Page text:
Advertisement
YOU ARE HERE: LAT HomeCollections

Immigrant Mother Leads Union Drive for Higher Wages

September 27, 1987|WILLIAM NOTTINGHAM | Times Staff Writer

COMPTON — If she were 6, Alma Linares might have the best job in the world, getting paid to spend her days assembling and testing hundreds of electric toy trains.

But Linares is 36, an immigrant from El Salvador who speaks only Spanish. And for a single mother with two children, the roughly $600 a month she receives from her assembly-line work at Athearn Inc. barely keeps food on the table.

Linares says she is typical of other Athearn workers--most of them Latino women, some of them undocumented--who handcraft models that are sold for up to $40 each to children and hobbyists who praise their detail.

Athearn pays its workers an average wage of $3.80 an hour, or 45 cents more than the federal minimum wage, according to Chuck Shepherd, an official with the Amalgamated Clothing and Textile Workers Union.

The company also offers a handful of holidays and up to two weeks of vacation, Shepherd said, but nothing beyond what is legally required, such as basic workers' compensation. Unlike millions of American workers, those at Athearn get neither health insurance nor sick pay.

So after 13 years with the model train maker, which operates in a Compton industrial park along the 91 Freeway, Linares is now leading a union movement seeking higher pay and better benefits.

But in the 19 months since workers voted 71 to 17 to join the union, Athearn officials have refused to bow to the union's basic demands.

"We see it as an exploitative situation," said the Rev. Richard W. Gillett, an Episcopal priest and founder of a Los Angeles-based ecumenical organization that has tried and failed to mediate the dispute.

The situation at Athearn, Gillett alleged, is a classic example of the way many companies across the nation have treated immigrant Latino workers, most of whom never complain because they are illegal aliens.

"One time," Linares contended through an interpreter, "the (company's) attorney said during negotiations that he didn't care if the people leave, if they're angry and they want to leave. 'Fine, they're undocumented, anyway. There are a lot of people waiting for those jobs.' " she quoted him as saying.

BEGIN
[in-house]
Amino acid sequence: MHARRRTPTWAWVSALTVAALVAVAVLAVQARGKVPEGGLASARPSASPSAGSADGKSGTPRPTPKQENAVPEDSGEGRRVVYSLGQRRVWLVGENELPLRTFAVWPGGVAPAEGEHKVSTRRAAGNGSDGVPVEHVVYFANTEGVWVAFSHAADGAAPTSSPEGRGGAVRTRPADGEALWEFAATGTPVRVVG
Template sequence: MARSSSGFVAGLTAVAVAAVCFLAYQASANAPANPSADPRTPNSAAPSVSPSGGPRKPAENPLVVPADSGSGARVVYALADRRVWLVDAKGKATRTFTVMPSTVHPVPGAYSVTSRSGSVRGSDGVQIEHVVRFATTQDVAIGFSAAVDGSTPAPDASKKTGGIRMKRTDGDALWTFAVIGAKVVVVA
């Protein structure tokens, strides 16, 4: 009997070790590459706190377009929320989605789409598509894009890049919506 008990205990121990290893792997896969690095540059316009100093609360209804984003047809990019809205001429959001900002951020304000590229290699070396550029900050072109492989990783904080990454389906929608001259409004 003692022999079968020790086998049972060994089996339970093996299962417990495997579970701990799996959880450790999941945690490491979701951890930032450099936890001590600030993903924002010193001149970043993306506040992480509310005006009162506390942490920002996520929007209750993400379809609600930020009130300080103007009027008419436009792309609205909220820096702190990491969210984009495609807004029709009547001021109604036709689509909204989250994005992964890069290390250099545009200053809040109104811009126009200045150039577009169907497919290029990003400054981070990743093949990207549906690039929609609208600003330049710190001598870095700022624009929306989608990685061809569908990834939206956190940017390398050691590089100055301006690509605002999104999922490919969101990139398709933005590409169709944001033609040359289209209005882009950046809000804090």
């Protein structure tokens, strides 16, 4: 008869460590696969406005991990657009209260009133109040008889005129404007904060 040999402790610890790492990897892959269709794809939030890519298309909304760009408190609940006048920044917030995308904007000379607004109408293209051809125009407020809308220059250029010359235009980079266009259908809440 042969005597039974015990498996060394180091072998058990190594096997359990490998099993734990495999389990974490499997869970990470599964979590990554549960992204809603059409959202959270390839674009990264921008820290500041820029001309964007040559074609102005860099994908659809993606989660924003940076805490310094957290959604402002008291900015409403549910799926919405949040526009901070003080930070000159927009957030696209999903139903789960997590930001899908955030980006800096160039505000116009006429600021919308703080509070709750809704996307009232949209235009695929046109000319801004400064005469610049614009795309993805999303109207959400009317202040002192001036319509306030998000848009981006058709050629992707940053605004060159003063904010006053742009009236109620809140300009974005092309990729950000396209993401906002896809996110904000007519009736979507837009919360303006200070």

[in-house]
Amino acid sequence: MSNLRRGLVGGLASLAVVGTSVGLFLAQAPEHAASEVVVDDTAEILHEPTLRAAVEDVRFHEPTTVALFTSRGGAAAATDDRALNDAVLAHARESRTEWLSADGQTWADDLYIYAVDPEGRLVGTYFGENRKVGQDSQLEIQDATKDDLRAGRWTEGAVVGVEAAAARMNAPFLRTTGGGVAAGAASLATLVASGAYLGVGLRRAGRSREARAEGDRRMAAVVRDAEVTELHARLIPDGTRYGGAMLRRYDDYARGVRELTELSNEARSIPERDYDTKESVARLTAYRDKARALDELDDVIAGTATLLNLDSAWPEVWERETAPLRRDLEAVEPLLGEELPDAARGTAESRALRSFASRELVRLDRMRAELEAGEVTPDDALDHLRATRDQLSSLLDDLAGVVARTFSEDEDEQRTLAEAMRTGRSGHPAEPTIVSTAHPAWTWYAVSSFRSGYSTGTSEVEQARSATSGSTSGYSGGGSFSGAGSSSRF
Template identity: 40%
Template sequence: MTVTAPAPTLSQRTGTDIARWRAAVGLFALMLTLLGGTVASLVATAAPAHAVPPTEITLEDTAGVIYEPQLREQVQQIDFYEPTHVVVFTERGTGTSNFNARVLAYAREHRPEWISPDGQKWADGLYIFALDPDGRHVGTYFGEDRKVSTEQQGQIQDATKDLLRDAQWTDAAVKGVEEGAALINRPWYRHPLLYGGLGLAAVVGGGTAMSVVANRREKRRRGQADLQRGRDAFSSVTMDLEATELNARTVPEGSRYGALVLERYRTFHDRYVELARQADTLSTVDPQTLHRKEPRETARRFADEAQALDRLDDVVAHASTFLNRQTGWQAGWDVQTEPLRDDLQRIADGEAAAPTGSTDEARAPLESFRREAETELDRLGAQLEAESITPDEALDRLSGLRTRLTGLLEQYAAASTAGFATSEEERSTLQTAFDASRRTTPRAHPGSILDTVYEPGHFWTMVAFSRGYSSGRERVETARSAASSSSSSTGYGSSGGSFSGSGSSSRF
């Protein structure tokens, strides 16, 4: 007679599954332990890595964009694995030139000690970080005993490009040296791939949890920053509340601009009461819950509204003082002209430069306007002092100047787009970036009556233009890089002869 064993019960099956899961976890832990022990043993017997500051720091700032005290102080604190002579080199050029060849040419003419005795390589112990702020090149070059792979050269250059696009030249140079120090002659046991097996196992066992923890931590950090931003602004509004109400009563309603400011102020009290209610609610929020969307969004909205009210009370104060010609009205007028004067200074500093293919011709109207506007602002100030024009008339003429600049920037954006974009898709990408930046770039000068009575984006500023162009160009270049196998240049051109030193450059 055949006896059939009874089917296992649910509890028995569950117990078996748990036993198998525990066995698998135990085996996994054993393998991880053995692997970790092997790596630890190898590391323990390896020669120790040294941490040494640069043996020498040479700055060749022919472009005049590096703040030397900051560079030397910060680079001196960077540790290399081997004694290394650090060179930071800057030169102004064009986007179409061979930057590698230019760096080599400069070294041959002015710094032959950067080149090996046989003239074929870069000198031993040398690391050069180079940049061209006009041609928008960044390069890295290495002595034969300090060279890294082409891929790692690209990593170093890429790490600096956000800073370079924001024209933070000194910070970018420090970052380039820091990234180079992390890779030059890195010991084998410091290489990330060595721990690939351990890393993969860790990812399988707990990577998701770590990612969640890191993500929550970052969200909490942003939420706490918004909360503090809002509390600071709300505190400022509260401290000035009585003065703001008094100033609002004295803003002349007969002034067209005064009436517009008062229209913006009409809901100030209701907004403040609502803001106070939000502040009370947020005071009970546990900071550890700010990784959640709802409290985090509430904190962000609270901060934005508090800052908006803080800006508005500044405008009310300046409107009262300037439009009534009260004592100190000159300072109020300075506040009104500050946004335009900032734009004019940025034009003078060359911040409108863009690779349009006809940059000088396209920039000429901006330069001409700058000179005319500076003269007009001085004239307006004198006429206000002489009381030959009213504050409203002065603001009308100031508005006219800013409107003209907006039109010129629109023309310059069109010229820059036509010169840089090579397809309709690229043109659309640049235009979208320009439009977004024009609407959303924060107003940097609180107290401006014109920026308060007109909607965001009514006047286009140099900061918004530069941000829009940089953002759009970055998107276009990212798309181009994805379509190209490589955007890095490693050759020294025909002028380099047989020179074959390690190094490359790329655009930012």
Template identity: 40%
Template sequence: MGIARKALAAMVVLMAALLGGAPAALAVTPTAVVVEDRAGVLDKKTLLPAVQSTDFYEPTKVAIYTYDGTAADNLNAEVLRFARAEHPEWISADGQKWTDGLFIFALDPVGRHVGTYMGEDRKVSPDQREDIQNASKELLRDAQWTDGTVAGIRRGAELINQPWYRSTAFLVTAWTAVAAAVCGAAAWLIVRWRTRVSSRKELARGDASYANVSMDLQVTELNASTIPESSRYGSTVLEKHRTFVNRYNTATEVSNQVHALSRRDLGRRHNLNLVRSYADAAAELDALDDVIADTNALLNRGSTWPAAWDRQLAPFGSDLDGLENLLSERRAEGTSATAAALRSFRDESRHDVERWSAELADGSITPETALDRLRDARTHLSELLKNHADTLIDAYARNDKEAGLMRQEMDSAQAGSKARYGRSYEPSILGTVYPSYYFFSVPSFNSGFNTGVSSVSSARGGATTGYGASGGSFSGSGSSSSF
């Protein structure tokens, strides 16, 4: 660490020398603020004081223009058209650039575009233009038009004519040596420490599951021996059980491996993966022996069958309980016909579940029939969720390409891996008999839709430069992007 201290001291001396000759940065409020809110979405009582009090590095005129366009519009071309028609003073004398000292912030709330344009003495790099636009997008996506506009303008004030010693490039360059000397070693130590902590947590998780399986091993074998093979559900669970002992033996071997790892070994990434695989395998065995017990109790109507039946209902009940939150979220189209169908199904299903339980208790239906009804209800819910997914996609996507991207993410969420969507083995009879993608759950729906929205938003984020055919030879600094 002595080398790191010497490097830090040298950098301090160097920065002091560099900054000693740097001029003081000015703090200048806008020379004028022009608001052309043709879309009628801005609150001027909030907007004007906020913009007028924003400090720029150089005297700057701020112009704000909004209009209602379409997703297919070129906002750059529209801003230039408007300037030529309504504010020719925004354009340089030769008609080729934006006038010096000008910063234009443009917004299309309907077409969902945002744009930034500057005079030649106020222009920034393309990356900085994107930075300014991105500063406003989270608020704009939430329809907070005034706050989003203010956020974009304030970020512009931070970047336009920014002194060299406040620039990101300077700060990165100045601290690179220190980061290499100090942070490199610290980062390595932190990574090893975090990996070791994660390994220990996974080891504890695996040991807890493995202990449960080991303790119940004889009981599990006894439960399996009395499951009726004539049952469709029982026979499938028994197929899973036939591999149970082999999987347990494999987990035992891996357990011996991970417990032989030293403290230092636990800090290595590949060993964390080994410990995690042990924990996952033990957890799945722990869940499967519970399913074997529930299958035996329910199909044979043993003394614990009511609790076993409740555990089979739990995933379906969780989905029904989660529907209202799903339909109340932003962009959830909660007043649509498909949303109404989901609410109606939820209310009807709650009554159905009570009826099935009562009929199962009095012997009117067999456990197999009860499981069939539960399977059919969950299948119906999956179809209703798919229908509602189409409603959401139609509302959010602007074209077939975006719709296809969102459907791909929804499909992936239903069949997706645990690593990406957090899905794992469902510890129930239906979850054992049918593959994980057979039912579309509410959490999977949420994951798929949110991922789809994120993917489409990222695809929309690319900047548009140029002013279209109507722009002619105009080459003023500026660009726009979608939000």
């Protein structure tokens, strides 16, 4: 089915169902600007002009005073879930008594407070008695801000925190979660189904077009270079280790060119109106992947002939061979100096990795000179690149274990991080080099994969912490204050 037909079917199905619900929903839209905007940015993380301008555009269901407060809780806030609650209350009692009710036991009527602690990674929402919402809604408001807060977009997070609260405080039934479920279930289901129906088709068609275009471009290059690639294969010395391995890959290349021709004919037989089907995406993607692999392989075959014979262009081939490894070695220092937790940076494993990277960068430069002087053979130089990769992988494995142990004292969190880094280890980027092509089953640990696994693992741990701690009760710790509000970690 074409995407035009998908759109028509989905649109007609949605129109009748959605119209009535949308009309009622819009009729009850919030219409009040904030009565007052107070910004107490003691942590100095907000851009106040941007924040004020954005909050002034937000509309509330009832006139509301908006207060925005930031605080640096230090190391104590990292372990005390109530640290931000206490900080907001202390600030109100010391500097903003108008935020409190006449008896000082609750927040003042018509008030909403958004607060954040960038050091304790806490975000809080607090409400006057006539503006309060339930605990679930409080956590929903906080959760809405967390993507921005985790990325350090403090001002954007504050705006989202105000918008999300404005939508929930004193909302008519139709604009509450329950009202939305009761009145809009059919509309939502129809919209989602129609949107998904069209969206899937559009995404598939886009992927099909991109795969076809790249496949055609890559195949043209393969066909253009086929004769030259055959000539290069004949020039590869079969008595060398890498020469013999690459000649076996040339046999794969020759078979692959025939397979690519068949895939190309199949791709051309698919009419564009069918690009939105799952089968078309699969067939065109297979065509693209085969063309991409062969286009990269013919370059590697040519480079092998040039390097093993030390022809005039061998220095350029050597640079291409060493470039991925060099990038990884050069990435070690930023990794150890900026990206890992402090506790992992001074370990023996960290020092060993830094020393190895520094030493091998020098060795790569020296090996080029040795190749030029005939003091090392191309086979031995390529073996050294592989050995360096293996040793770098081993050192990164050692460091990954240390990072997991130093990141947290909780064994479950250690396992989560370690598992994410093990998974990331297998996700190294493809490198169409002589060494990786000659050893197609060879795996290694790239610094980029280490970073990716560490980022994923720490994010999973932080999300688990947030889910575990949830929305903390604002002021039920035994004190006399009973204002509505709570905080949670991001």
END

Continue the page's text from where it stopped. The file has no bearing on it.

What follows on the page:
I.R. Athearn, a 40-year-old model train builder who owns the manufacturing firm, declined to comment on a variety of union charges when reached recently by The Times.

However, in a brief conversation, Athearn said, "I can't blame anybody for wanting to get more money."

He added: ". . . I think that some of the department stores and some of the (retail) chains have gone about just working part-time employees so they don't have to pay these benefits. It is quite an expensive thing."

But Margarita Murillo, 28, an Athearn worker from Morelia, Mexico, said union members only want to be reasonable. "We don't ask too much," she said.

For example, workers want the company to adopt a health insurance policy that is "the cheapest plan in the country," Shepherd said.

Cite Retail Value

Janeth Vasquez, 27, also from Mexico, said through an interpreter: "We have asked the company why they don't give us more, because we produce the trains" and know their retail value. "So we know how much money is coming in. We know that they have the possibilities to pay but they just don't want to do it."

In her native El Salvador, Linares worked as a nurse. But at 23, she said, she was drawn to the United States by stories her friends told about "the land of opportunity . . . the paradise."

Linares said she was fearful about speaking out when she joined Athearn because she needed a letter of employment to gain legal status. Now that she is no longer undocumented, she is willing to speak out so she can work to achieve the union's goals.

"I started this struggle," Linares said, "and I feel we can better conditions."

Advertisement
Los Angeles Times Articles
|
|
|